The clear, sharp and solid ideological polarizations was based on praising the new and vilifying the old, embracing Istanbul as the honorable representative and the heir of “ageless” values and accumulations of the past which needed to be transmitted to the present. The city was portrayed as a cosmopolitan world city – carrying with it a perception of a colorful city. The people had, on the one hand, few worries, an undemanding daily routine; however, on the other hand, there were also those who lived bohemian lives. Thus, there existed the possibility of finding suitable ground, examples and areas in which the old and the new could be compared, where the traditional was juxtaposed with the modern, the Orient with the Occident, the Ottoman with the Republic and historical nostalgia with feelings of postmodern egotism. The extent of this nostalgia went beyond the Ottoman Empire, reaching as far back as Byzantium and Eastern Rome. The city occupied various social layers, was home to peoples of diverse cultures and was a cosmopolitan display of various and intricate life styles which had emerged due to the increase in migrations during the last fifty to sixty years. This also resulted in overcrowding, rapid transformations and changes; yet, despite all these, the historical roots and actual manifestations, the identity of being the most important, greatest and oldest city with its own “language”, where this language is a “value” joins the quality of being one of the most beautiful cities on earth due to the geographical location.
Istanbul not only had all these features, but many more; as such it constitutes one of the most important and prolific subjects in Turkish literature. From past to present, the prolific dealings with this city in literature came to the fore in some of the works of men of letters, such as Yahya Kemal Beyatlı, Ruşen Eşref Ünaydın, Ahmed Rasim, Abdülhak Şinasi Hisar, Sait Faik Abasıyanık, Samiha Ayverdi, Osman Cemal Kaygılı, Sermet Muhtar Alus, etc. This is true to such an extent that these writers have been categorized separately from other writers, being given the title: “writers of Istanbul.”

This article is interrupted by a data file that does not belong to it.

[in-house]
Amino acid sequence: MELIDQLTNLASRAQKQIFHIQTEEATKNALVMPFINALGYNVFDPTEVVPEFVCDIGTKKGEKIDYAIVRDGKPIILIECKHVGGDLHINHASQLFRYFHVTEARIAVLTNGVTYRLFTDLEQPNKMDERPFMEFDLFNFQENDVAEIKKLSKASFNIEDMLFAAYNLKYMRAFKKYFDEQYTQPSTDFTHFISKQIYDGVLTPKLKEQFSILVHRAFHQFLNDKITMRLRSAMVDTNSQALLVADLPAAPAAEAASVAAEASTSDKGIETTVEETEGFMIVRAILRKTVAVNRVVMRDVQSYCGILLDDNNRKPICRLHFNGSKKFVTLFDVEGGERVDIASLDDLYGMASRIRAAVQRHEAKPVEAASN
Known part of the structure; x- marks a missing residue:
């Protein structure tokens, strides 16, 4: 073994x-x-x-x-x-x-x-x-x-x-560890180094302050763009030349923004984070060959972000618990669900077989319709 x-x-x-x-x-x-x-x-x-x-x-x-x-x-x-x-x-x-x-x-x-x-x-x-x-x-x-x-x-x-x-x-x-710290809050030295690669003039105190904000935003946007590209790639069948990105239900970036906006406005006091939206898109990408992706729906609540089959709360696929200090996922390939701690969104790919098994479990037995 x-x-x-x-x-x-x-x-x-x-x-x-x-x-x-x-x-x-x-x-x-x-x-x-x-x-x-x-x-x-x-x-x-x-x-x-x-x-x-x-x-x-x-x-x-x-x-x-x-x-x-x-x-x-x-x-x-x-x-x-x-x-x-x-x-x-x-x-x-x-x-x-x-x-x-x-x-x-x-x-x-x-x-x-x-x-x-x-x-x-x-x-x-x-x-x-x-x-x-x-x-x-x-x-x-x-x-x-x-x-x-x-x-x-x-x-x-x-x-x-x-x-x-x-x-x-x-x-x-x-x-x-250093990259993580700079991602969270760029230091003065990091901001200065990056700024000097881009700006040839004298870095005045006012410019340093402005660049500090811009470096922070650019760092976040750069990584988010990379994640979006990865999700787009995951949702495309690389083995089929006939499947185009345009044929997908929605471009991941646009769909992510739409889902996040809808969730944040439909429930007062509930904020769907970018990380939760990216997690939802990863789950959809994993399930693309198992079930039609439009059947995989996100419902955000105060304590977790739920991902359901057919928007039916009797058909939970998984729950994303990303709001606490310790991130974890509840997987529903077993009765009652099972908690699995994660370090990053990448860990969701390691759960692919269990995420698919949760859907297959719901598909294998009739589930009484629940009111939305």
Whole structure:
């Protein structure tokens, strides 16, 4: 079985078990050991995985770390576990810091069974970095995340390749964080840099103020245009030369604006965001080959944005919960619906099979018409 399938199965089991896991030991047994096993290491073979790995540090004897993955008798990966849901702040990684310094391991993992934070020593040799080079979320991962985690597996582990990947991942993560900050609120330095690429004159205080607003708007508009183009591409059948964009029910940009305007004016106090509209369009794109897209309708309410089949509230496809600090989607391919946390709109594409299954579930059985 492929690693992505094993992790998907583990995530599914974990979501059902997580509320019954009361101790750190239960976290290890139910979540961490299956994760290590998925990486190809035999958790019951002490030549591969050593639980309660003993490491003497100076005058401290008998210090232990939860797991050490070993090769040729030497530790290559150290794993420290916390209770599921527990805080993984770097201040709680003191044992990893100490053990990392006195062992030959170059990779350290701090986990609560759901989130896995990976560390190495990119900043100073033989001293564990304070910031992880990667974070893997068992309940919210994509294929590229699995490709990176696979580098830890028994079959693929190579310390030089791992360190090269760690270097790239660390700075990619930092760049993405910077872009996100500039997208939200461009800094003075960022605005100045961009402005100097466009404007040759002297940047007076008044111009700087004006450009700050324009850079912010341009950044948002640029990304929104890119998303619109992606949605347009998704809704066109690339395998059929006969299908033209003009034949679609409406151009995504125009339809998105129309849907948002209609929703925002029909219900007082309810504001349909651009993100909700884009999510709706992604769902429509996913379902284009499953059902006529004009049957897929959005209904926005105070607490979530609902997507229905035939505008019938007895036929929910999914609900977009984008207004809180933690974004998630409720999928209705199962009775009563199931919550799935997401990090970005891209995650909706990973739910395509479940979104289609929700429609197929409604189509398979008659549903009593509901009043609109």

From the nineteenth century to the present day, Istanbul has been especially celebrated in certain genres of literature, acting as a lasting and intense theme of a modern period Turkish literature. Poetry comes at the top of the list of genres. However, the novel and short story compete with poetry in their narrations of Istanbul. Although they lag slightly behind poetry, such works mention Istanbul as a central subject in the literature at a much later time (as compared to poetry). The main reason for novels and short stories being set so prominently in Istanbul was because these fictional genres needed a place to narrate incidents. Moreover, it should not be forgotten that because of being a modern genre, the love for tragedy, the intricate plot structure, the ability to be freely and enthusiastically developed in the middle of chaotic lives and, in Kemal Tahir’s words, in the middle of lives “which have reached a deadlock,” a novel can find inspiration in the metropolis of Istanbul.
In addition to these genres, the rich memoirs which focus on Istanbul and the events that took place in Istanbul should be mentioned.
Even though Istanbul felt itself hidden or reflected in the texts within the framework of small excerpts from daily life, as in divan poetry, or the real life adventures that took place in the new Turkish poetry of the nineteenth century, it was only much later that Istanbul can be seen as an emphasized theme with separate and real places or incidents. Yet novels seem to localize themselves in Istanbul, even after their first examples, such as Şemseddin Sami’s Taaşşuk-ı Tal‘at ve Fıtnat [Love of Talat and Fitnat], Ahmed Midhat Efendi’s Felâtun Bey’le Râkım Efendi, and Namık Kemal’s İntibâh [Revival].